As noted in this post from this past weekend, the New Orleans Times-Picayune is published a huge eight-part series on the severity of punishment and prison overcrowding in the Bayou state. This series is titled "Louisiana Incarceration: How We Built the World's Prison Capital," and every piece in the series merits a full read. Today's installment is headlined "Prison sentence reform efforts face tough opposition in the Legislature," and here are a few excerpts from the outset:
Even as prison populations have strained the state budget and prompted fiscal conservatives to join liberals in calling for changes, the political calculus in Louisiana has evolved slowly since a series of tough sentencing laws in the 1970s, '80s and '90s bloated the state's inmate counts.
If anything, the balance has remained tilted toward law enforcement. After a prison-building boom in the 1990s, Louisiana sheriffs now house more than half of inmates serving state time -- by far the nation's highest percentage in local prisons. Their financial stake in the prison system means they will lose money if sentences are shortened. They typically house the same drug pushers, burglars and other nonviolent offenders who will be the likely targets of any serious efforts to change the system.
"The three easiest votes for a legislator are against taxes, against gambling and to put someone in jail for the rest of their lives," said state Sen. Danny Martiny, R-Kenner, a veteran policymaker who has led the judiciary committees in both the House and Senate.
This lengthy piece goes on to detail how challenging it can be to forge a needed political consensus for any ameliorative sentencing reforms.
Tuesday, May 15, 2012
New report highlights inequities in Michigan’s JLWOP sentences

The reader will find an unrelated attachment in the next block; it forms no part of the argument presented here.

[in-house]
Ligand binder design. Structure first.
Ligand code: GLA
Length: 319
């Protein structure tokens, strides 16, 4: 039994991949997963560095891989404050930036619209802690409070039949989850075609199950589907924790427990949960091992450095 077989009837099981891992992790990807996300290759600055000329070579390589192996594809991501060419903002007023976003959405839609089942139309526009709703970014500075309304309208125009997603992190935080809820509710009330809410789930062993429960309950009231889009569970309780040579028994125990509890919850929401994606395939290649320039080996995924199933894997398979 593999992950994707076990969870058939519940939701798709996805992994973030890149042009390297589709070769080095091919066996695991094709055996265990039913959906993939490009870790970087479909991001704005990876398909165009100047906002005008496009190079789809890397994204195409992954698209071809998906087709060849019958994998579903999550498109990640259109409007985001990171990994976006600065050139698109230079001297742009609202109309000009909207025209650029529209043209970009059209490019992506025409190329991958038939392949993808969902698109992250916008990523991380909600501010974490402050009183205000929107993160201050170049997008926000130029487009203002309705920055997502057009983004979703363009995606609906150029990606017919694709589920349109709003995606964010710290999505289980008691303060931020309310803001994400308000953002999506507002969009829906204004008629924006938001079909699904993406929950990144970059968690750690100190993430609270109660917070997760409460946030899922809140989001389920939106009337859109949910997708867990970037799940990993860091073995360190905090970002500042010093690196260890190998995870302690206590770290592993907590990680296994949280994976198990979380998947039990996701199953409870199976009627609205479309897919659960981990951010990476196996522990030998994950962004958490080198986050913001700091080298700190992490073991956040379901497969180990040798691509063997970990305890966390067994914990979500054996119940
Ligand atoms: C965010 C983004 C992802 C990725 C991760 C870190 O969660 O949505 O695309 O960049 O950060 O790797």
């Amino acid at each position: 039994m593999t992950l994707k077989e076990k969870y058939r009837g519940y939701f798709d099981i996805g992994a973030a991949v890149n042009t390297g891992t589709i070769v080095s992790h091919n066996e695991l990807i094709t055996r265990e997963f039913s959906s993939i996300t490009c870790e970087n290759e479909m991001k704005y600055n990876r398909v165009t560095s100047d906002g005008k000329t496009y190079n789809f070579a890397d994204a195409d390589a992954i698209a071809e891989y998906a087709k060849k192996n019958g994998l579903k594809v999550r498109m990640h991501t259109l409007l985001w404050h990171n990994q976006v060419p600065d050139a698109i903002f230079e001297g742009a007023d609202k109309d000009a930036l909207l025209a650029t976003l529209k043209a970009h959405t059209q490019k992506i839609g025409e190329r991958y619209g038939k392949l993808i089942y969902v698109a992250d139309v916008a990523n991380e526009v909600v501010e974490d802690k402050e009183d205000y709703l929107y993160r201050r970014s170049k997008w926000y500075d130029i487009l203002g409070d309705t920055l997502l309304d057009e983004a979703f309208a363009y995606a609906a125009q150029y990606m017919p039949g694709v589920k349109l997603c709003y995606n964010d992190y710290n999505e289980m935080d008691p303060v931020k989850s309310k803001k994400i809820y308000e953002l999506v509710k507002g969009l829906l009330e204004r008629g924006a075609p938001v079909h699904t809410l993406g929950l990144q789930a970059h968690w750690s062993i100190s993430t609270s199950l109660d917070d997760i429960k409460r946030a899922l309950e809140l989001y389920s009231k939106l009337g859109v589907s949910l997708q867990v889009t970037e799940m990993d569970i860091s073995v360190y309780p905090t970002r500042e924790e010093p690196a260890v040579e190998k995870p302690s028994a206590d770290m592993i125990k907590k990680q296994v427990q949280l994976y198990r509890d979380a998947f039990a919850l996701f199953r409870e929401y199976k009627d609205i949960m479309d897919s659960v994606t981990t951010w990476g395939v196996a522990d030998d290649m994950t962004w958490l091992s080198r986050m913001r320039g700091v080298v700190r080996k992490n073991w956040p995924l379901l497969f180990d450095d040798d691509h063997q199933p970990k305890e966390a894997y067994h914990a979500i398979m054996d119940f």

As reported in this new press release, the public policy group Second Chances 4 Youth along with the ACLU of Michigan has release a new report "documenting the systemic disadvantages facing juveniles in the adult criminal justice." This report, which it titled “Basic Decency: An Examination of Natural Life Sentences for Michigan Youth,” is summarized in the press releade this way:
The 38-page report explores the fiscal and human costs of juvenile life without parole sentences and the disproportionate punishments and documented racial disparities found in the plea bargaining process for youth accused of certain crimes. The findings rely on publicly available data produced by the Michigan Department of Corrections and survey responses from individuals originally charged with first-degree homicide in Michigan for crimes committed as youth since 1975. The report documents the many challenges youth face in the criminal justice system, including that:
• Race seriously affects the plea bargaining process for adolescents. Youth accused of a homicide offense where the victim was white were 22 percent less likely to receive a plea offer than in cases where the victim was a person of color. In addition, there are clear geographic disparities with Oakland, Calhoun, Saginaw and Kent Counties offering lessor sentences to youth at significantly lower rates than the state average.
• Juveniles reject plea offers at much higher rates than adults; therefore adults receive lessor sentences for comparable crimes. Juveniles are less equipped to negotiate plea offers because of their immaturity, inexperience, and failure to realize the value of a plea deal. Many report that they did not fully understand the nature of the charges they were facing, the crime they were on trial for, or the meaning of parole.
• Attorneys who have represented youth convicted and sentenced to life without parole in Michigan have an abnormally high rate of attorney discipline from the State Bar of Michigan. About 5 percent of all attorneys are reprimanded, however 38 percent of counsel representing youth sentenced to life without parole have been publicly sanctioned or disciplined for egregious violations of ethical conduct.